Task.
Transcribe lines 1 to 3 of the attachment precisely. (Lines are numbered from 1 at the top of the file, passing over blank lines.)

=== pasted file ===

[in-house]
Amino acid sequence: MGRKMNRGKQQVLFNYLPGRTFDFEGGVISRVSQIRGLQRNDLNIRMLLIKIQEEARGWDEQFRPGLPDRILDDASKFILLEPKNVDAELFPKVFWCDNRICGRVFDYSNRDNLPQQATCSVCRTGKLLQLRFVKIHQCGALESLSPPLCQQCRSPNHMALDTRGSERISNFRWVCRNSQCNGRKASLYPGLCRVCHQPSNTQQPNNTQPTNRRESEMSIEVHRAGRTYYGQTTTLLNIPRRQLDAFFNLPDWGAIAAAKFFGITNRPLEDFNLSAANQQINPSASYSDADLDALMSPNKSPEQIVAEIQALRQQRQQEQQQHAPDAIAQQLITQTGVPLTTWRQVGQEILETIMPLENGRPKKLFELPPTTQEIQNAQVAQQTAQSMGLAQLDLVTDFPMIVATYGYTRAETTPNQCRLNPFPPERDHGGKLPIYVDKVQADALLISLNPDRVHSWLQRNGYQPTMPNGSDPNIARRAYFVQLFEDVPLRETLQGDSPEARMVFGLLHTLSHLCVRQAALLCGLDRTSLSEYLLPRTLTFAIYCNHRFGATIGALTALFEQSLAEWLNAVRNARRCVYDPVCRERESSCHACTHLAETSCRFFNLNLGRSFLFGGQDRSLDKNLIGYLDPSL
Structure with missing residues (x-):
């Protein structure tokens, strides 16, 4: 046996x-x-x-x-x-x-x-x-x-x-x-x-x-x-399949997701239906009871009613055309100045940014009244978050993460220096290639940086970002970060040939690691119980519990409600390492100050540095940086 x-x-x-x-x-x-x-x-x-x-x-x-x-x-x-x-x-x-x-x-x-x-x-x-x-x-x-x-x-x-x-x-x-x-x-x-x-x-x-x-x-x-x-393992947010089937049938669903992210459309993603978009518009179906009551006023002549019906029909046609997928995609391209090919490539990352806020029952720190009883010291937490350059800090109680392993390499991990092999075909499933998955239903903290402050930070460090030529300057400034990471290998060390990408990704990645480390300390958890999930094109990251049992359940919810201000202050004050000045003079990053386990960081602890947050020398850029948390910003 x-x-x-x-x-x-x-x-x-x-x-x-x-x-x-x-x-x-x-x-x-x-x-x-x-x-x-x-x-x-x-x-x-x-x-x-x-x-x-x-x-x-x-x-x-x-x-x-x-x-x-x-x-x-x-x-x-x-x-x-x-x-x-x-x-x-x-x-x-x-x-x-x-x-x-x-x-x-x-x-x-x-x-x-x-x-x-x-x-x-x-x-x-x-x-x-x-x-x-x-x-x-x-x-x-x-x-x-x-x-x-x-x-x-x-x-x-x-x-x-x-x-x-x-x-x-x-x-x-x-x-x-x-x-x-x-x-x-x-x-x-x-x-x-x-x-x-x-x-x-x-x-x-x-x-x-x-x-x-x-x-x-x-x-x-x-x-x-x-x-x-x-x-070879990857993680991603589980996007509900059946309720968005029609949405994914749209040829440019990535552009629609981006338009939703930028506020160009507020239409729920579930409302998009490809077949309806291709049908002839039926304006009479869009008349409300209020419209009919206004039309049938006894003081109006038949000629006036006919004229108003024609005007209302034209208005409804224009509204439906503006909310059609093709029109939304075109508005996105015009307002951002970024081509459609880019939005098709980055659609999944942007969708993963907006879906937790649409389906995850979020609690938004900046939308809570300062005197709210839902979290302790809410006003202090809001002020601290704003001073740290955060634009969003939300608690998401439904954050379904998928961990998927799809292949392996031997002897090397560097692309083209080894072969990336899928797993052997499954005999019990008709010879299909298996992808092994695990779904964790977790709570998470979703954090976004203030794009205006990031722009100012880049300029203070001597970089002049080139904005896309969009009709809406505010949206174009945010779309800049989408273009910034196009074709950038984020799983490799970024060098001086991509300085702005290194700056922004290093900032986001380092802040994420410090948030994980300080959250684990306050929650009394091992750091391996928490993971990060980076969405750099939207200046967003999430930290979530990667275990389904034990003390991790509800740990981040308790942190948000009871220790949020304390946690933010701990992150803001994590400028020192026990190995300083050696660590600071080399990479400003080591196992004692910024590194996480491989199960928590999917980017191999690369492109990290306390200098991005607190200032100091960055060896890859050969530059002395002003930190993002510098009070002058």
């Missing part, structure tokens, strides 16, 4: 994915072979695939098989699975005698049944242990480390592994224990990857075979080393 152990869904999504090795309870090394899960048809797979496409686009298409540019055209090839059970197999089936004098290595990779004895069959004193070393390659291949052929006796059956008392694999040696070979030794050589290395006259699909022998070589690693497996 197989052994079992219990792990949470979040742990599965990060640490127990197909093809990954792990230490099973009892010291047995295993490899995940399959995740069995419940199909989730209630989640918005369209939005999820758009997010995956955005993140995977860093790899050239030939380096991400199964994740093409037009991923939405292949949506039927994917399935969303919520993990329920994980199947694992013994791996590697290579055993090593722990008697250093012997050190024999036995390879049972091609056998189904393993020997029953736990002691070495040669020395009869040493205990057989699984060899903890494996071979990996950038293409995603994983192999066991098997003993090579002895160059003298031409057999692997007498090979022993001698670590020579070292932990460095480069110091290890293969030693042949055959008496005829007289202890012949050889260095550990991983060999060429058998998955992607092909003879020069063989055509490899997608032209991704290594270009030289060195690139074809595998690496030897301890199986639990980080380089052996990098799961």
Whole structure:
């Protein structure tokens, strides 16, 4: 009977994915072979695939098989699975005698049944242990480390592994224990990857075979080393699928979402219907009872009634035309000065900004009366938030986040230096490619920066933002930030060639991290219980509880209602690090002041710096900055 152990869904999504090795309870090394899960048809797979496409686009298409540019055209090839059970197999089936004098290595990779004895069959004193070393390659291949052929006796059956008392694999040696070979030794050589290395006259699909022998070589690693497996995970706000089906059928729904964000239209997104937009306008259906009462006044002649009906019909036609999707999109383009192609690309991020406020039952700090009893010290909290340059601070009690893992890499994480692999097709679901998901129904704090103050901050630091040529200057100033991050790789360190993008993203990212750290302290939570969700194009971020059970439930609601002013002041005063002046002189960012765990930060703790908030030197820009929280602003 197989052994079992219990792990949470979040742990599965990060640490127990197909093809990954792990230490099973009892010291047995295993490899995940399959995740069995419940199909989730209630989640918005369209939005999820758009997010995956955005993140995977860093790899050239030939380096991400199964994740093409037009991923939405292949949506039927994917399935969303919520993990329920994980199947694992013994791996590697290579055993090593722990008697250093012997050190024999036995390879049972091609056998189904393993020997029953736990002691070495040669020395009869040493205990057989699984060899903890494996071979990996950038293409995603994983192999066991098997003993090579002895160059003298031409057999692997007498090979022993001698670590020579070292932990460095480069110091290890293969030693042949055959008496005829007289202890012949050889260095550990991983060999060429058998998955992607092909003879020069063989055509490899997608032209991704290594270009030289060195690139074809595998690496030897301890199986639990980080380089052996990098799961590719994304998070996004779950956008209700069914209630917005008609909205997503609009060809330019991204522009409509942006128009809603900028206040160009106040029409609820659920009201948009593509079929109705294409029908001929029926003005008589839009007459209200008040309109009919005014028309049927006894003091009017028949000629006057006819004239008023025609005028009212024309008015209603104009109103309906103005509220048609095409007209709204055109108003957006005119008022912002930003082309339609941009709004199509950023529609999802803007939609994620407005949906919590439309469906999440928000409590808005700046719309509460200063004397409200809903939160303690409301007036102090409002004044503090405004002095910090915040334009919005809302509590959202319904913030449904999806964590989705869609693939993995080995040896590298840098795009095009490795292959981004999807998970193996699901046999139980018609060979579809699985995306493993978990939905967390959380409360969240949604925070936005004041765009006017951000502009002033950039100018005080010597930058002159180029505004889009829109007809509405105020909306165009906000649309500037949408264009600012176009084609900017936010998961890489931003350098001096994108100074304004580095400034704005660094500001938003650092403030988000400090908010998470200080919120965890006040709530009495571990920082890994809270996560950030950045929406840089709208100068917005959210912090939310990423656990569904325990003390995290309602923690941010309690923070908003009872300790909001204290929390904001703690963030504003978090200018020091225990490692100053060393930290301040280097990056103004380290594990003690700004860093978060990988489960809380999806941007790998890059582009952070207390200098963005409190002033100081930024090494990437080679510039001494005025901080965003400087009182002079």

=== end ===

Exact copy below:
[in-house]
Amino acid sequence: MGRKMNRGKQQVLFNYLPGRTFDFEGGVISRVSQIRGLQRNDLNIRMLLIKIQEEARGWDEQFRPGLPDRILDDASKFILLEPKNVDAELFPKVFWCDNRICGRVFDYSNRDNLPQQATCSVCRTGKLLQLRFVKIHQCGALESLSPPLCQQCRSPNHMALDTRGSERISNFRWVCRNSQCNGRKASLYPGLCRVCHQPSNTQQPNNTQPTNRRESEMSIEVHRAGRTYYGQTTTLLNIPRRQLDAFFNLPDWGAIAAAKFFGITNRPLEDFNLSAANQQINPSASYSDADLDALMSPNKSPEQIVAEIQALRQQRQQEQQQHAPDAIAQQLITQTGVPLTTWRQVGQEILETIMPLENGRPKKLFELPPTTQEIQNAQVAQQTAQSMGLAQLDLVTDFPMIVATYGYTRAETTPNQCRLNPFPPERDHGGKLPIYVDKVQADALLISLNPDRVHSWLQRNGYQPTMPNGSDPNIARRAYFVQLFEDVPLRETLQGDSPEARMVFGLLHTLSHLCVRQAALLCGLDRTSLSEYLLPRTLTFAIYCNHRFGATIGALTALFEQSLAEWLNAVRNARRCVYDPVCRERESSCHACTHLAETSCRFFNLNLGRSFLFGGQDRSLDKNLIGYLDPSL
Structure with missing residues (x-):